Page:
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Indexed/Abstracted in: Chemical Abstracts, CINAHL, Current Contents/Clinical Medicine, EMBASE, PubMed/MEDLINE, Science Citation Index Expanded (SciSearch), Scopus
Impact Factor 1,111
Online ISSN 1827-1928
Angelo CATALDO 1, 2, Daniele ZANGLA 1, Dario CERASOLA 1, Vincenzo VALLONE 2, Giuseppe RUSSO 1, Rosalia LO PRESTI 1, Marcello TRAINA 1
1 Sport and Exercise Sciences “DISMOT” Research Unit, University of Palermo, Palermo, Italy; 2 Federazione Italiana Giuoco Calcio (FIGC), Rome, Italy
BACKGROUND: The aim of this study was to assess the influence of the autonomic system on the performance of repeated sprints, involving predominantly neuromuscular power, in young soccer players.
METHODS: Twelve young soccer players, selected for the Sicilian Regional Football Representative, mean age 15 years, were recruited. Baseline heart rate variability (HRV) was measured and indices of power spectral analysis (LF, HF, and LF/HF ratio) were calculated to evaluate the sympathovagal balance. The athletes performed 10 maximal 6-second cycling sprints (RS), interspersed with 30 seconds of recovery, to measure the peak power output (PP) represented by the highest power value recorded during a 6-second sprint, and the mean peak power output (MPP) represented by the average of all highest power values recorded within a repeated-sprint bout.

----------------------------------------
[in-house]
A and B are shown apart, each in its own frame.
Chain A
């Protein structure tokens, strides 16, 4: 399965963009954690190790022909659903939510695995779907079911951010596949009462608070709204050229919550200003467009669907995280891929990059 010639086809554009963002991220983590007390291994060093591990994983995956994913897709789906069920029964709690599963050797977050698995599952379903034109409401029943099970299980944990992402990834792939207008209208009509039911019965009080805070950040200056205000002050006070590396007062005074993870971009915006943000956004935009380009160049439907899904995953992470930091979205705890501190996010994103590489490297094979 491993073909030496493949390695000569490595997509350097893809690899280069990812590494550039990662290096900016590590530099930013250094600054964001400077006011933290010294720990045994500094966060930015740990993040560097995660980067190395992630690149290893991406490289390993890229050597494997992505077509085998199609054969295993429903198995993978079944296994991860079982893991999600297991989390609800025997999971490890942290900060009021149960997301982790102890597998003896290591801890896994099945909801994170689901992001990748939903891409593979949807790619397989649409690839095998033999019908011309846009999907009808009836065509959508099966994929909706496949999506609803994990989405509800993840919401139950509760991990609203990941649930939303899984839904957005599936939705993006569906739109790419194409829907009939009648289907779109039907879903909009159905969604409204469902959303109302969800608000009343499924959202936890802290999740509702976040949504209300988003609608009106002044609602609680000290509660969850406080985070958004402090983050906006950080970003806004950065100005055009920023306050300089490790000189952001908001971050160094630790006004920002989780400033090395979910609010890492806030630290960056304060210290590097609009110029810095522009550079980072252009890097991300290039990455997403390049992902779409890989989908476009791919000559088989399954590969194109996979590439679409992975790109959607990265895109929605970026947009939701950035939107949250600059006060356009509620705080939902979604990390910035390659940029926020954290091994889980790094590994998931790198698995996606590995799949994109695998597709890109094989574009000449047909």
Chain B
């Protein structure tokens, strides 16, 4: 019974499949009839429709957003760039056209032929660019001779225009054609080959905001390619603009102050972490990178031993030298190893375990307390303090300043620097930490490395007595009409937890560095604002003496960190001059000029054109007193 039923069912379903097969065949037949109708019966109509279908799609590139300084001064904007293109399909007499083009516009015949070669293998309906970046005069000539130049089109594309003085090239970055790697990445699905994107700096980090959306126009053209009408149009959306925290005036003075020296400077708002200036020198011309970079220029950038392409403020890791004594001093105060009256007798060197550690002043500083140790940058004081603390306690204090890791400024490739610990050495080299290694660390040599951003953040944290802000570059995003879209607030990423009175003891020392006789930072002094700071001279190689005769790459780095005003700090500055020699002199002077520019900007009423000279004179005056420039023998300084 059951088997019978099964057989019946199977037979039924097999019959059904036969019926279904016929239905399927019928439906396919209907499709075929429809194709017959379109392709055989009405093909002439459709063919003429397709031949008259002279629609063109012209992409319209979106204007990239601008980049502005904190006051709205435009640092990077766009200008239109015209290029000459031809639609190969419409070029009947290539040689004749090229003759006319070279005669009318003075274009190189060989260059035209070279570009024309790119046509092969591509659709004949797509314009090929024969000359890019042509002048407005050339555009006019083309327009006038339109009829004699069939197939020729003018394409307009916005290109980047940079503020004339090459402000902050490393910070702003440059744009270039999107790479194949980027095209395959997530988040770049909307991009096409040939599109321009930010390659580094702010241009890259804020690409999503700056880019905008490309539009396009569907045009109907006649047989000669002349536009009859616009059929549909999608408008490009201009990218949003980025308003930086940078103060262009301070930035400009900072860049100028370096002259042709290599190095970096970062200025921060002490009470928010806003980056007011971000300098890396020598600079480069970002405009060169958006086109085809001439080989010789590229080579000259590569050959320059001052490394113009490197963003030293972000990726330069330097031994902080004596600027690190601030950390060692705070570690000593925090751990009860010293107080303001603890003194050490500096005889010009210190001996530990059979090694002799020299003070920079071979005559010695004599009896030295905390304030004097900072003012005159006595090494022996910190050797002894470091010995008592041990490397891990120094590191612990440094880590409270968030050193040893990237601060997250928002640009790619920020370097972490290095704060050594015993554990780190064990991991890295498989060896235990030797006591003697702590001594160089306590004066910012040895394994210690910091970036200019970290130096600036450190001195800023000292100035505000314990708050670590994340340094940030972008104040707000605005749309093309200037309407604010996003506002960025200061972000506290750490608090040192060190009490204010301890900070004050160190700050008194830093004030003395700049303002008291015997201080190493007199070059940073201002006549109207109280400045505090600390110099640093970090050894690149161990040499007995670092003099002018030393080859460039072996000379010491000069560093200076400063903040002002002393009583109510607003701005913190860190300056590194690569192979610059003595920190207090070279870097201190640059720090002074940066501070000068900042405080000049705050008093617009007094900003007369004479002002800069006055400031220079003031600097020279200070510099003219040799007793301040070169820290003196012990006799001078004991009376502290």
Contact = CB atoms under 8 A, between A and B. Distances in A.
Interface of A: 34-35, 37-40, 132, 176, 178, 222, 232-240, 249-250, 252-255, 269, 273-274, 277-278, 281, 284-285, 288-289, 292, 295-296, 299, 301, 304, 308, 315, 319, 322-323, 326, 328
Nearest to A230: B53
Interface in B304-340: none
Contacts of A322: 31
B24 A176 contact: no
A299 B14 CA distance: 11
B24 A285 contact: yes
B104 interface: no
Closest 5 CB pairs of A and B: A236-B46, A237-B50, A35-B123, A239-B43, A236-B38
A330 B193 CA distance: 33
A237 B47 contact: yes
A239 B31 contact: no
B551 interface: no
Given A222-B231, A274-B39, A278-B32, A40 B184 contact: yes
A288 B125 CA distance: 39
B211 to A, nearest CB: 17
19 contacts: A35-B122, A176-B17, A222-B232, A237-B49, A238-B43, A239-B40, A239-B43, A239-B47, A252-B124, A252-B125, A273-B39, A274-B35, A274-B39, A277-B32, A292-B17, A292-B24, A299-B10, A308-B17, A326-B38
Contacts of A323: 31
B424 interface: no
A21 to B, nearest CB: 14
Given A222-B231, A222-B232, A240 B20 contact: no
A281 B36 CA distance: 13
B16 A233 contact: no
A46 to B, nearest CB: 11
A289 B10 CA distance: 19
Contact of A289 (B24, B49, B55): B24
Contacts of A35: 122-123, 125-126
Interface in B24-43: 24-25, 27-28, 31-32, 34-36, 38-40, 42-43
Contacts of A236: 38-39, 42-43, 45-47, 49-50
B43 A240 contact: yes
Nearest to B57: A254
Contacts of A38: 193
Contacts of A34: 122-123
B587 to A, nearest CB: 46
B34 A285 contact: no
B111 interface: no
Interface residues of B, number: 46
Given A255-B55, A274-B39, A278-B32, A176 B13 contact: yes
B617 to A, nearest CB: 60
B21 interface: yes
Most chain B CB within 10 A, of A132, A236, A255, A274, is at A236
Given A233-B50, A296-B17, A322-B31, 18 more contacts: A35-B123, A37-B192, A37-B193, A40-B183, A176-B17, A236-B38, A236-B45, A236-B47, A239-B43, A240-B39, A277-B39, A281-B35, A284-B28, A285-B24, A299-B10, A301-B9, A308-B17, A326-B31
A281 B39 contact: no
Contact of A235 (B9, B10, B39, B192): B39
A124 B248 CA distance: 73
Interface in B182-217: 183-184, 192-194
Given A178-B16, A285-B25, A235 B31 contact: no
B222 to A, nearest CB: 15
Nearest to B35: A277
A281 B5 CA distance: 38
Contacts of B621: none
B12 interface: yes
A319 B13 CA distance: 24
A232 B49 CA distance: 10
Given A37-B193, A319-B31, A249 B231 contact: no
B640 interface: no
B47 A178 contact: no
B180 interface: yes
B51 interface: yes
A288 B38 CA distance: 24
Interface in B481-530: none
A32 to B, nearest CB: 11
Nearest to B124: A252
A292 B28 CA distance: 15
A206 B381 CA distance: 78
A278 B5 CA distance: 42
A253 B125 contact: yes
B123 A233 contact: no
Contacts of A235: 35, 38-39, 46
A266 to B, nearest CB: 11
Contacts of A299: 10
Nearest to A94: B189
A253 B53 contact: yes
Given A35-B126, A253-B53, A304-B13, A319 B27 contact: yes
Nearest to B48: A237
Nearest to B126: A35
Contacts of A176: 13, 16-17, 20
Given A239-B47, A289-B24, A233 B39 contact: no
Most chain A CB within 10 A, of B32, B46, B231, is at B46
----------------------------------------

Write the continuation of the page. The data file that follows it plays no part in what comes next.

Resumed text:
RESULTS: PP was negatively correlated with LF (ρ=-0.685, P=0.0141) and LF/HF (ρ=-0.709, P=0.0098), and positively correlated with HF (ρ=0.684, P=0.0142). MPP was negatively correlated with LF (ρ=-0.610, P=0.0350) and LF/HF (ρ=-0.606, P=0.0366), and positively correlated with HF (ρ=0.731, P=0.0070).
CONCLUSIONS: Our study shows that a baseline parasympathetic predominance in the autonomic nervous system balance is associated with a better neuromuscular contribution to performance, resulting in higher values of PP and MPP during brief repeated maximal cycling sprints. The assessment of baseline HRV before exercise may be useful for to monitor the physical condition of young soccer players and their readiness status to a higher performance.